Патент USA US2111318код для вставки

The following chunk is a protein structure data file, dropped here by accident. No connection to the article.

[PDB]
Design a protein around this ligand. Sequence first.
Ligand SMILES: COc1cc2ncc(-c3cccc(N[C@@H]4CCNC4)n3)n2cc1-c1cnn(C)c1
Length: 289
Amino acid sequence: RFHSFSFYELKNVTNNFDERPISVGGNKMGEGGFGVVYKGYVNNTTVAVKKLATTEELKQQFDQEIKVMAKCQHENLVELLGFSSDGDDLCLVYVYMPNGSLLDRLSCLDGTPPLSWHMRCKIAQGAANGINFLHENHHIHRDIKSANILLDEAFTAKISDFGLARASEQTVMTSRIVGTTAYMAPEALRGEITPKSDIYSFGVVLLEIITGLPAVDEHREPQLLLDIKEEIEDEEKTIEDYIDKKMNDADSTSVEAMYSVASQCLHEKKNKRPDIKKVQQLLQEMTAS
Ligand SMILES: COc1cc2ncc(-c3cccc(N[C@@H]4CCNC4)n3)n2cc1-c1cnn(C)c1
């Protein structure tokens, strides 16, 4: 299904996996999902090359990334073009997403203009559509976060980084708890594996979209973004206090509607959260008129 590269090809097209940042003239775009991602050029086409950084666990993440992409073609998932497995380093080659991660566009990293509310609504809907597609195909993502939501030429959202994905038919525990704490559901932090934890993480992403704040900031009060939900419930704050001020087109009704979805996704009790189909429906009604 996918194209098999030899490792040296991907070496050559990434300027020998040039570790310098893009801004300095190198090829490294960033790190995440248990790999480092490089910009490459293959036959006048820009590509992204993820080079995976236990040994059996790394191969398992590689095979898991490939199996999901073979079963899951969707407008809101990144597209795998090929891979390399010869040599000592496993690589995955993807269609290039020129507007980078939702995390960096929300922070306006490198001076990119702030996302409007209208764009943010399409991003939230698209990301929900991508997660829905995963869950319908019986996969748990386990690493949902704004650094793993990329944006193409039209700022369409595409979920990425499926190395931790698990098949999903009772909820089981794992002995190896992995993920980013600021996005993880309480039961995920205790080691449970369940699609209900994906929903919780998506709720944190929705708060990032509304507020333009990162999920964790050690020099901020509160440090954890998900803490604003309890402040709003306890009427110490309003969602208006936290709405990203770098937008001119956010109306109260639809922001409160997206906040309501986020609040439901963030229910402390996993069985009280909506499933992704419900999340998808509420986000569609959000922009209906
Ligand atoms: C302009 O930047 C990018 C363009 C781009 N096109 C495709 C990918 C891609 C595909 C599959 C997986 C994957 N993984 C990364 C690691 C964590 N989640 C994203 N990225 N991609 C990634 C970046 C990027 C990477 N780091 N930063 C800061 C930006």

_ March 15, 1938. B J‘ DRQZ 2,111,318 AEROPLANE Filed April 10, 1935 2 Sheets-Sheet l INVENTOR. Zen/4212271 J21405 m °r gag BY 1 ATTORNEYS, Patented Mar. 15, 1938 . 2,111,318 UNITED STATES PATENT OFFICE‘ 2,111,318 AEROPLANE Benjamin J. Droz, Cleveland, Ohio, assignor to Glen 0. Smith, Cleveland, Ohio, Trustee Application April 10, 1935, Serial No. 15,651 2 Claims. 101.244-15) , This invention relates to improvements in aeroplanes and has for its object the provision ?atten the shell 3 as it approaches the discharge end, that the discharge ori?ce will be oblong of structural modi?cations for handling the air moved by the propeller which materially increase ~5 the operating efficiency of the plane. Particu either vertically or horizontally, or a combination larly, the improvements result in a marked in crease in the speed attainable with a particular motor and propeller. Essentially, in applying my improvement to a 10 monoplane of the usual type, I gather the air of same. In said embodiment ‘the shell 3is supported upon longitudinal ?ns ‘l afiixed to the fuselage 6. . These ?ns ‘I divide the air passages within the shells and serve a purpose in reducing the air eddies therewithin. It is important that the pas sages within the shells be kept unobstructed, and 10 moved by the propeller within a circumferential cowl of sheet metal or similar material and pro vide passages of similar material extending rear when an obstruction is necessary, as in the case wardly therepast the wings of the plane and dis streamlined that the air may pass freely thereby. To secure greater stability of the plane at the 15 15 charge same rearwardly thereof. , ' To the accomplishment of the foregoing and related ends, said invention, then consists of the of the cock-pit 8, in Figs. 1 and 3, the structure of such cock-pit within the passage should be speeds attached ,I prefer wings of great width relative to length. A preferred form of such . means hereinafter fully described and particu L wings is shown in Fig. 1. It will be understood that in other respects the 20 drawings and the following description setting plane is constructed according to standard prac forth in detail certain structure embodying the tice, using preferably a radial engine. Wings, invention, such disclosed ‘means constituting, rudders, ailerons, etc. are positioned as usual with however, but one of various structural forms in the usual functions. It will readily appear that a fuselage may be which the principle of the invention may be used. constructed of suflicient size to provide there In said annexed drawings: 25 Fig. 1 is a plan view'of a plane equipped with within passages for conducting air from the cowl an embodiment of my improvement; Fig. 2 is a enclosing the propeller to a discharge opening cross-sectional view thereof taken on the line near the rear edge of the wing. In such a con-' 2-2, in Fig. 1; Fig. 3 is a side elevational view struction, the structural supports for the motor, larly pointed out in the claims; the annexed 30 of said plane partlyin cross-section; and Fig. 4 - is a front elevational view of said plane. In the embodiment of my invention shown in Fig. 1, I place about the propeller l, and concen tric therewith a sheet-metal cowl 2. This cowl 35 is attached to and supported by semicylindrical parts 3' of sheet metal, positioned one above and the other below the wing structures 5; These gas tank, cock-pit, rudders, etc., will be enclosed 30 as it were by an inner fuselage which may form one side of the desired air passages. Likewise, ' structural members connecting with the outer ,parts together form a cylindrical shell 3 which shell‘or fuselage proper, particularly those for wing support, should be so arranged that they 35 may be combined with the fins dividing the air passages. These air passages should be unob structed and preferably so constructed that they extends back beyond the wing structure and never widen in cross-section as air is moved from 40 concentrically encloses the fuselage ,6. The shell 3 and the fuselage 8 de?ne therebetween a space through which the air moved by the propeller is driven back to a discharge opening adjacent the rear edge of the wings. This space is‘divided 45 into passages 4 as hereinafter explained. - In the said embodiment I have so formed the parts 3' that the cylindrical shell 3 tapers rear wardly. This tapered construction not only con forms to the fuselage whereby increase of the 50 total cross-sectional area of the passages 4 is avoided, but in the embodiment shown I,have exaggerated the taper and have secured a dis tinct progressive decrease in the cross-sectional area of the passages t as the discharge end is 55, approached. It may be deemed desirable to so the propeller to the discharge opening. As indi 40 cated, it is believed that it is advantageous to taper these passages rearwardly that the air may move at an increased speed therethrough. Other'modes of applying the principle of my invention may be employed instead of the one 45 explained, change being made as regards the structure herein disclosed, provided the means stated by any of the following claims or the equivalent ofv such stated means be employe I. I therefore particularly point out and distinctly 50 claim as my invention:--- 1. In 'an aeroplane having a fuselage, wings, rearwardly positioned steering means and a driv en propeller, a tubular shell surrounding the pro peller receiving'substantially all the air moved 55 2 2,111,318 thereby and extending to the rear edge of the wings thus carrying substantially all air moved by the propeller to the rear edge of the wing, said shell being substantially co-axial with the fuselage and characterized by cross-sectional‘ areas effective for the passage of air which do not increase rearwardly and by a discharge open ing adjacent the rear edge of the wing structure which opening has a long dimension parallel to 10 one of the steering means and a shorter dimen sion normal thereto. _ 2. In an aeroplane having a fuselage, wings, rearwardly positioned steering means and a driv en propeller, a tubular shell surrounding the pro peller and extending to the rear edge of the wings in substantial co-axial relation with the fuselage, which shell de?nes a passage adapted to carry all the air moved by the propeller to the rear edge of the wings, said passage being charac terized by having effective cross areas which de crease rearwardly, and by having a discharge opening rearwardly in which a longer dimension i0 is parallel to one of the steering means. BENJAMIN J. DROZ.